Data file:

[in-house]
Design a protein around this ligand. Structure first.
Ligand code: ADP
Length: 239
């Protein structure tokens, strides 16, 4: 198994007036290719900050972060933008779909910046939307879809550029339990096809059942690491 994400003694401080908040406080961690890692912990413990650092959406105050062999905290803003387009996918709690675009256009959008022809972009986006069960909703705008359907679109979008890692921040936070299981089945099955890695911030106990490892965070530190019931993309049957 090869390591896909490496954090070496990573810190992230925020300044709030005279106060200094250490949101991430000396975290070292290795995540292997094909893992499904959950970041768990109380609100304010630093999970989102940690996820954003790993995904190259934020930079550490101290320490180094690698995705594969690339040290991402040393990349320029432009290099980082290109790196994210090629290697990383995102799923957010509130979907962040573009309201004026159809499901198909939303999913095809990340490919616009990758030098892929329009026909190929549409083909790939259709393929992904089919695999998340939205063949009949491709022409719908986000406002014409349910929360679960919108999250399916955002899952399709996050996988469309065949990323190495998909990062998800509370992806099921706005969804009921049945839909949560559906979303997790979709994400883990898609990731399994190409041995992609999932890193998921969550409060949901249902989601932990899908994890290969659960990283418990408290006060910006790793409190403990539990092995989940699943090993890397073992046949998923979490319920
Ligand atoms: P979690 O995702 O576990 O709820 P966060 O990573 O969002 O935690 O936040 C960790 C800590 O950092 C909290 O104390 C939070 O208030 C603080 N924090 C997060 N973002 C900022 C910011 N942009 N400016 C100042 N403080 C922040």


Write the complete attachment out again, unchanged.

[in-house]
Design a protein around this ligand. Structure first.
Ligand code: ADP
Length: 239
């Protein structure tokens, strides 16, 4: 198994007036290719900050972060933008779909910046939307879809550029339990096809059942690491 994400003694401080908040406080961690890692912990413990650092959406105050062999905290803003387009996918709690675009256009959008022809972009986006069960909703705008359907679109979008890692921040936070299981089945099955890695911030106990490892965070530190019931993309049957 090869390591896909490496954090070496990573810190992230925020300044709030005279106060200094250490949101991430000396975290070292290795995540292997094909893992499904959950970041768990109380609100304010630093999970989102940690996820954003790993995904190259934020930079550490101290320490180094690698995705594969690339040290991402040393990349320029432009290099980082290109790196994210090629290697990383995102799923957010509130979907962040573009309201004026159809499901198909939303999913095809990340490919616009990758030098892929329009026909190929549409083909790939259709393929992904089919695999998340939205063949009949491709022409719908986000406002014409349910929360679960919108999250399916955002899952399709996050996988469309065949990323190495998909990062998800509370992806099921706005969804009921049945839909949560559906979303997790979709994400883990898609990731399994190409041995992609999932890193998921969550409060949901249902989601932990899908994890290969659960990283418990408290006060910006790793409190403990539990092995989940699943090993890397073992046949998923979490319920
Ligand atoms: P979690 O995702 O576990 O709820 P966060 O990573 O969002 O935690 O936040 C960790 C800590 O950092 C909290 O104390 C939070 O208030 C603080 N924090 C997060 N973002 C900022 C910011 N942009 N400016 C100042 N403080 C922040």